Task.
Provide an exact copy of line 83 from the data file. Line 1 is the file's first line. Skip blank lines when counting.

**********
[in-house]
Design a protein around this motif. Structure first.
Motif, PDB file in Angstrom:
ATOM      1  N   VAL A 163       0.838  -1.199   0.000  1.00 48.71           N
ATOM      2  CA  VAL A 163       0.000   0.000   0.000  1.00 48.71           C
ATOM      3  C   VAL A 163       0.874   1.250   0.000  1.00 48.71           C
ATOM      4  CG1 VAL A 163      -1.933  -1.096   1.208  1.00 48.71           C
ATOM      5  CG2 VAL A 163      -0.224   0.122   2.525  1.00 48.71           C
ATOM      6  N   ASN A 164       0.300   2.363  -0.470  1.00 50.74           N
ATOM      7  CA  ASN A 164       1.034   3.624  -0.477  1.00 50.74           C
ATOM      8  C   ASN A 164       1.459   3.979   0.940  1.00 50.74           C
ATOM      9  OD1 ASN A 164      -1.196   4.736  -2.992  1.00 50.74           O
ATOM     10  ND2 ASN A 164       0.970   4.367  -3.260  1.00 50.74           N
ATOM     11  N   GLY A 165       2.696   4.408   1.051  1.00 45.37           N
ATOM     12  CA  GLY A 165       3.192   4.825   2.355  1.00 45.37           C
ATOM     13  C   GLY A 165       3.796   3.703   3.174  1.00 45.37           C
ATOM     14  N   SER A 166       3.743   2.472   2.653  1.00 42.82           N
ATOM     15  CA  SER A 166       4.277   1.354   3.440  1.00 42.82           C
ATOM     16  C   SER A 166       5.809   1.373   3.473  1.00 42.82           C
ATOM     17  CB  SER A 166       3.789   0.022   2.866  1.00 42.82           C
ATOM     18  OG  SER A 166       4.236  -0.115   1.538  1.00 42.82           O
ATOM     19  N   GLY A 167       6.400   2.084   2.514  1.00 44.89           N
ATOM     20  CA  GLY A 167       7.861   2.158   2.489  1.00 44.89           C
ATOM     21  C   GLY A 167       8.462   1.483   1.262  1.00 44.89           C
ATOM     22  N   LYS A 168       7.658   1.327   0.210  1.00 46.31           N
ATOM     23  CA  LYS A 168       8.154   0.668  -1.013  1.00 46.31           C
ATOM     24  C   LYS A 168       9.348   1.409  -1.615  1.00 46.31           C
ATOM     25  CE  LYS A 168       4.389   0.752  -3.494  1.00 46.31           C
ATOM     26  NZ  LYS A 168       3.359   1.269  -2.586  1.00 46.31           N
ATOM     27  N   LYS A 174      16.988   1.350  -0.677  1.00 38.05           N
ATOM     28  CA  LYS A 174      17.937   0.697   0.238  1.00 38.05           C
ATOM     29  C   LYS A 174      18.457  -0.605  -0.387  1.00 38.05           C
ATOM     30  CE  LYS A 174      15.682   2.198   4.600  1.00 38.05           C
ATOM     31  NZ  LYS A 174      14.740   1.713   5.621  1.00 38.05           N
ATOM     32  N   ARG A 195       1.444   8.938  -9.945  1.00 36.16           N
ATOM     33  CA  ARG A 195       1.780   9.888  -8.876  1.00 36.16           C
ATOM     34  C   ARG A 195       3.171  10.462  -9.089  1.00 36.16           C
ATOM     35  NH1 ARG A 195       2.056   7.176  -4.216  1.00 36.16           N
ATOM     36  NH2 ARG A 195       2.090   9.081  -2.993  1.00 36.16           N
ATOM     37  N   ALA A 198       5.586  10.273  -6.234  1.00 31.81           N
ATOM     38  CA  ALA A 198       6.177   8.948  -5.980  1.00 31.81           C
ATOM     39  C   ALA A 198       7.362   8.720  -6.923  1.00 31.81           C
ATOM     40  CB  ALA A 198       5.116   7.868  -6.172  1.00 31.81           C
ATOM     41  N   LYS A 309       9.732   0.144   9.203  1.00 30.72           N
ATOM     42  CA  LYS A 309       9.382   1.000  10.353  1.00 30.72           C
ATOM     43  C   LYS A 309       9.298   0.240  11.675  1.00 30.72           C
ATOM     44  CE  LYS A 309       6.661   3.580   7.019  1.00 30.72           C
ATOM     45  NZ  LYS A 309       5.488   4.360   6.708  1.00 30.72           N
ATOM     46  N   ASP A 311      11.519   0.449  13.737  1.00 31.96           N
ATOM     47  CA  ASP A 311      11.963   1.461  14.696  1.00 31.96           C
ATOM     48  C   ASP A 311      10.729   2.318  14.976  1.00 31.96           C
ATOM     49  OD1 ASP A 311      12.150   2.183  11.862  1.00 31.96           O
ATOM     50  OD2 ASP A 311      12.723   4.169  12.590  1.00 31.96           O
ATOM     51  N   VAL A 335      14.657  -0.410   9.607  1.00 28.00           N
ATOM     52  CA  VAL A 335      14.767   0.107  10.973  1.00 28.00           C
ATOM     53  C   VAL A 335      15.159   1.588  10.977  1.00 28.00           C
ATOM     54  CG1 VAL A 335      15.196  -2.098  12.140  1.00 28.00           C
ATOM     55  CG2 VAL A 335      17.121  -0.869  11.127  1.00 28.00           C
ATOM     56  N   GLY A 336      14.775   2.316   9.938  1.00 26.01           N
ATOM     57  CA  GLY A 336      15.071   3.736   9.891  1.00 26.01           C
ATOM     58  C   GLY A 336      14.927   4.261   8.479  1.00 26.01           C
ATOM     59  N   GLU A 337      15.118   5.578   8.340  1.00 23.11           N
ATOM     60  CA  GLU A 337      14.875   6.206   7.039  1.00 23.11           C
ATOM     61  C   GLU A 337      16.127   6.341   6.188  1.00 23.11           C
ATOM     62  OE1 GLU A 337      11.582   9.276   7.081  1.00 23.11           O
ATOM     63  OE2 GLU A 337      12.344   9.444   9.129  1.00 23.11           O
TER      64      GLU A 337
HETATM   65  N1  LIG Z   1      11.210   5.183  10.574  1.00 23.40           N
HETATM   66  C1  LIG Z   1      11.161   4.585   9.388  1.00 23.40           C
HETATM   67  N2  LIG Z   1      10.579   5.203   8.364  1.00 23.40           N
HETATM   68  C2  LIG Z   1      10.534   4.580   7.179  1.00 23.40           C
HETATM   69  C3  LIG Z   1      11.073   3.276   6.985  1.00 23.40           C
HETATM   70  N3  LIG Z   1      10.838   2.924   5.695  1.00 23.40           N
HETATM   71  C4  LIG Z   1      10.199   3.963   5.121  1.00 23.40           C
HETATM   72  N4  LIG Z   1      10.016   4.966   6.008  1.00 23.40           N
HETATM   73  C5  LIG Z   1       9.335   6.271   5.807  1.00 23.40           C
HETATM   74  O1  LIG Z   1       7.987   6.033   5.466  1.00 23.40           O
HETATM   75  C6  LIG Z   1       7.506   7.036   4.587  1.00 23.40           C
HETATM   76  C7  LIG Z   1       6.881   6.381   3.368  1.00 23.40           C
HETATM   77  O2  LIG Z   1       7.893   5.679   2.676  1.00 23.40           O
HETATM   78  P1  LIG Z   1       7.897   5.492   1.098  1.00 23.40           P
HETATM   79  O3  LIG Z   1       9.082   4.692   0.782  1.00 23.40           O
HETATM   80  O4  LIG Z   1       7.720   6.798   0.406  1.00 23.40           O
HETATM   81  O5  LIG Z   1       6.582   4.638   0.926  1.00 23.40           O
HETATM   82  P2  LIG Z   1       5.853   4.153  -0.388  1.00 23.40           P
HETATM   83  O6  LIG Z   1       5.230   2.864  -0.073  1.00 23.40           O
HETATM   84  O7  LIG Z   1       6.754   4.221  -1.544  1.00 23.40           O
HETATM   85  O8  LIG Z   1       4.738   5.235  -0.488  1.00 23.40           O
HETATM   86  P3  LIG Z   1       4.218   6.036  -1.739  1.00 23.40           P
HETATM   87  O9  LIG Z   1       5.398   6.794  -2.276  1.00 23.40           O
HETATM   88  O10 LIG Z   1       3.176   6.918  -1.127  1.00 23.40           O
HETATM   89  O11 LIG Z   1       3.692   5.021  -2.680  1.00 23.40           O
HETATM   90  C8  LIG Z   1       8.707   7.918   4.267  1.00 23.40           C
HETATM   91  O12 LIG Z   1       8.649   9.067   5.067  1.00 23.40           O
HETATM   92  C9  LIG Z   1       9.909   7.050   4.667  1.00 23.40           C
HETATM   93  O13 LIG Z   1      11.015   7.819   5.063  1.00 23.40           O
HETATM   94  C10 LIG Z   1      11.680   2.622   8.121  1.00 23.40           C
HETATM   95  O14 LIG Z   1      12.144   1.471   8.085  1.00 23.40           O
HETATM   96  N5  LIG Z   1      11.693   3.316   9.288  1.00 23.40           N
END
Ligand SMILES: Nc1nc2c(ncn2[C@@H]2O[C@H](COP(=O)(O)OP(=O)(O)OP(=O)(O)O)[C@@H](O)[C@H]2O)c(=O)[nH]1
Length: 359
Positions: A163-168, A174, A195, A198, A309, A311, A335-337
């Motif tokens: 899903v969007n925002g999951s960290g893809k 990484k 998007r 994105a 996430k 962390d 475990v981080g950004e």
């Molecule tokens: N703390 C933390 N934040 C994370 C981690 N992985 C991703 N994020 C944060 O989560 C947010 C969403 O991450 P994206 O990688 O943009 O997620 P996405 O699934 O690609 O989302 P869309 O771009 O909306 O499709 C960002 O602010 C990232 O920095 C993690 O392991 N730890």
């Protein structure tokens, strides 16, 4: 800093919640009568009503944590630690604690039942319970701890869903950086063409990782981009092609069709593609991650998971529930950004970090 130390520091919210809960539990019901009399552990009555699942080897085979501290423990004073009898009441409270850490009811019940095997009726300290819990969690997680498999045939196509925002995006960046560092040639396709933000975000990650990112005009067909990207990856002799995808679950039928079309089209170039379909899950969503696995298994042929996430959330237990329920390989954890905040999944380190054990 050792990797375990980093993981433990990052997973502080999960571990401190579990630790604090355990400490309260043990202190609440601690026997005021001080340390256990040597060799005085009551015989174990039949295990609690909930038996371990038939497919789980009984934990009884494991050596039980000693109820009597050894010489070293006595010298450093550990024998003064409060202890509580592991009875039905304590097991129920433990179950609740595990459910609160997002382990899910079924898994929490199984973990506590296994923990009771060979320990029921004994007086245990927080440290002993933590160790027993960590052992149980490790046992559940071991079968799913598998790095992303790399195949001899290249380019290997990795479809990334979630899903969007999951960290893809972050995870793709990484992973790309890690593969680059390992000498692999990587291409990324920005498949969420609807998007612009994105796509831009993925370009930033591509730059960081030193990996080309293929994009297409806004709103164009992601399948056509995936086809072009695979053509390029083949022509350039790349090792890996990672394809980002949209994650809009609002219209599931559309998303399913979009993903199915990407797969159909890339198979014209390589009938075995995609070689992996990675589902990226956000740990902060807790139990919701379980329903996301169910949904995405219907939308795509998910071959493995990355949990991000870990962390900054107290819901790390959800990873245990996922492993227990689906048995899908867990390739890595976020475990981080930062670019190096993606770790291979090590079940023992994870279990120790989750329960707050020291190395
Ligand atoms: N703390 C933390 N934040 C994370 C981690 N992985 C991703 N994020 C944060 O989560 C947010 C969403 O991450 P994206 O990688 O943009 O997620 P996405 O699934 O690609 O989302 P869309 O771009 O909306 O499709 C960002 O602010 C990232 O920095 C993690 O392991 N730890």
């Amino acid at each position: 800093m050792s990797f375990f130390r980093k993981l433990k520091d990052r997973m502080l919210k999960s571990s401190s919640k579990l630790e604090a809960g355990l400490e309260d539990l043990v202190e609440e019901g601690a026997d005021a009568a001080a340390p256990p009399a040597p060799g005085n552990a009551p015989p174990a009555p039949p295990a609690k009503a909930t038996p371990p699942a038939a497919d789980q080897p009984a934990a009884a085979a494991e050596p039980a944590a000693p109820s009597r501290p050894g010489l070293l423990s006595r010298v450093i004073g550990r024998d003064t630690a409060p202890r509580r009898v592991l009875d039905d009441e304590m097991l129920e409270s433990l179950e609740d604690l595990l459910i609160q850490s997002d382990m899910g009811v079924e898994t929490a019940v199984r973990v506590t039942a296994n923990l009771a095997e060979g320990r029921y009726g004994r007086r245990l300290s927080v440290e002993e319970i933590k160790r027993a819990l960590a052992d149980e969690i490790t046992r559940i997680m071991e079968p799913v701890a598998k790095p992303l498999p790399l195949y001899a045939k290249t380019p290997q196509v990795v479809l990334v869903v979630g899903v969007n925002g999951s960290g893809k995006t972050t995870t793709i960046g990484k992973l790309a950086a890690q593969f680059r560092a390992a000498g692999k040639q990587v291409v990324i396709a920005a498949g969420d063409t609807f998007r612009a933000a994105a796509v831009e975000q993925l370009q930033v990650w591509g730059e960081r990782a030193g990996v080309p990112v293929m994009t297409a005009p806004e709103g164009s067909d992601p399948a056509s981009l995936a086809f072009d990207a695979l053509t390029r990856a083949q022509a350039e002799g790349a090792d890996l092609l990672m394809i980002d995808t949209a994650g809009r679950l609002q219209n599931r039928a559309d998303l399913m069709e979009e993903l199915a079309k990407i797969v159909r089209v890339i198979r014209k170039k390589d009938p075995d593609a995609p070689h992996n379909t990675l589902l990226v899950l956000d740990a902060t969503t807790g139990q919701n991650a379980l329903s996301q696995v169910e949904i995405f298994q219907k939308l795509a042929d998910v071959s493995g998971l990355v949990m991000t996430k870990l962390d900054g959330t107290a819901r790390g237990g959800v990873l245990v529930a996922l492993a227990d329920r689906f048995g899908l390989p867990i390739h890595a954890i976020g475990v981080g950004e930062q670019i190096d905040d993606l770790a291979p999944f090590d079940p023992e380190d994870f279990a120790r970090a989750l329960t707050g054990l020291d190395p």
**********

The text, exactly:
HETATM   80  O4  LIG Z   1       7.720   6.798   0.406  1.00 23.40           O